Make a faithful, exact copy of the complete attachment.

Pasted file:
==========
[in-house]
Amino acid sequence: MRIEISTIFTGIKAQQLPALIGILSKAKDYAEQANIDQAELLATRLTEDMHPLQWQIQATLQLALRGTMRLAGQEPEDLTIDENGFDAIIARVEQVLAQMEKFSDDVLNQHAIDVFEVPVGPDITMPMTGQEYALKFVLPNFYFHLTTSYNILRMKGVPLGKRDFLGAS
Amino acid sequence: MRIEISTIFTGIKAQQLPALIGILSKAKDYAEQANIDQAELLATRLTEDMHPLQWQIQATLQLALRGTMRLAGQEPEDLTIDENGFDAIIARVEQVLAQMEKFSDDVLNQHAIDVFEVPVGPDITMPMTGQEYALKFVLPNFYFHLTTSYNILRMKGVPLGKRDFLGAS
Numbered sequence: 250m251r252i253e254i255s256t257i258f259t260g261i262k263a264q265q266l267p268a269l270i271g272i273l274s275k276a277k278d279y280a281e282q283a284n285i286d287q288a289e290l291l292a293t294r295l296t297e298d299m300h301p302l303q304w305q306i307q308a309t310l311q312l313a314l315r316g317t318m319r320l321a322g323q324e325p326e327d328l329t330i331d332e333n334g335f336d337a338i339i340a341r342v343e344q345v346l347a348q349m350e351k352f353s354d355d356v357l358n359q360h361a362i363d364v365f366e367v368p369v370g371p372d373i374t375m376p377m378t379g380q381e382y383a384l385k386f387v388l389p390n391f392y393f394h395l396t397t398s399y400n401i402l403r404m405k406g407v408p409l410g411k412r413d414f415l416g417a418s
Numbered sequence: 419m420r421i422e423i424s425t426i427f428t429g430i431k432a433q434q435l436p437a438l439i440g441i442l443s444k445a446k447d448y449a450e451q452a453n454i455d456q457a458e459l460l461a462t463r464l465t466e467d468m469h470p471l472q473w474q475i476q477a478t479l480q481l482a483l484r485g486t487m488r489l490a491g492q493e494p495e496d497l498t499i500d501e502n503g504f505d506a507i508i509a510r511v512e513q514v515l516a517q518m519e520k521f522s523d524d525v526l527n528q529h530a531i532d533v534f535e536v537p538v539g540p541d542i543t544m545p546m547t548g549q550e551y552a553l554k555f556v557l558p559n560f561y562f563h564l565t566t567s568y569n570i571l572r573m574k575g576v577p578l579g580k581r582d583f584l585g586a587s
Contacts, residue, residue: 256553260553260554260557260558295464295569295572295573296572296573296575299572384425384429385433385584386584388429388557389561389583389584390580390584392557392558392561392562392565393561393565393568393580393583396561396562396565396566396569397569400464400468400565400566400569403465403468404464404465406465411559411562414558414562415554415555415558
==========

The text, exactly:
[in-house]
Amino acid sequence: MRIEISTIFTGIKAQQLPALIGILSKAKDYAEQANIDQAELLATRLTEDMHPLQWQIQATLQLALRGTMRLAGQEPEDLTIDENGFDAIIARVEQVLAQMEKFSDDVLNQHAIDVFEVPVGPDITMPMTGQEYALKFVLPNFYFHLTTSYNILRMKGVPLGKRDFLGAS
Amino acid sequence: MRIEISTIFTGIKAQQLPALIGILSKAKDYAEQANIDQAELLATRLTEDMHPLQWQIQATLQLALRGTMRLAGQEPEDLTIDENGFDAIIARVEQVLAQMEKFSDDVLNQHAIDVFEVPVGPDITMPMTGQEYALKFVLPNFYFHLTTSYNILRMKGVPLGKRDFLGAS
Numbered sequence: 250m251r252i253e254i255s256t257i258f259t260g261i262k263a264q265q266l267p268a269l270i271g272i273l274s275k276a277k278d279y280a281e282q283a284n285i286d287q288a289e290l291l292a293t294r295l296t297e298d299m300h301p302l303q304w305q306i307q308a309t310l311q312l313a314l315r316g317t318m319r320l321a322g323q324e325p326e327d328l329t330i331d332e333n334g335f336d337a338i339i340a341r342v343e344q345v346l347a348q349m350e351k352f353s354d355d356v357l358n359q360h361a362i363d364v365f366e367v368p369v370g371p372d373i374t375m376p377m378t379g380q381e382y383a384l385k386f387v388l389p390n391f392y393f394h395l396t397t398s399y400n401i402l403r404m405k406g407v408p409l410g411k412r413d414f415l416g417a418s
Numbered sequence: 419m420r421i422e423i424s425t426i427f428t429g430i431k432a433q434q435l436p437a438l439i440g441i442l443s444k445a446k447d448y449a450e451q452a453n454i455d456q457a458e459l460l461a462t463r464l465t466e467d468m469h470p471l472q473w474q475i476q477a478t479l480q481l482a483l484r485g486t487m488r489l490a491g492q493e494p495e496d497l498t499i500d501e502n503g504f505d506a507i508i509a510r511v512e513q514v515l516a517q518m519e520k521f522s523d524d525v526l527n528q529h530a531i532d533v534f535e536v537p538v539g540p541d542i543t544m545p546m547t548g549q550e551y552a553l554k555f556v557l558p559n560f561y562f563h564l565t566t567s568y569n570i571l572r573m574k575g576v577p578l579g580k581r582d583f584l585g586a587s
Contacts, residue, residue: 256553260553260554260557260558295464295569295572295573296572296573296575299572384425384429385433385584386584388429388557389561389583389584390580390584392557392558392561392562392565393561393565393568393580393583396561396562396565396566396569397569400464400468400565400566400569403465403468404464404465406465411559411562414558414562415554415555415558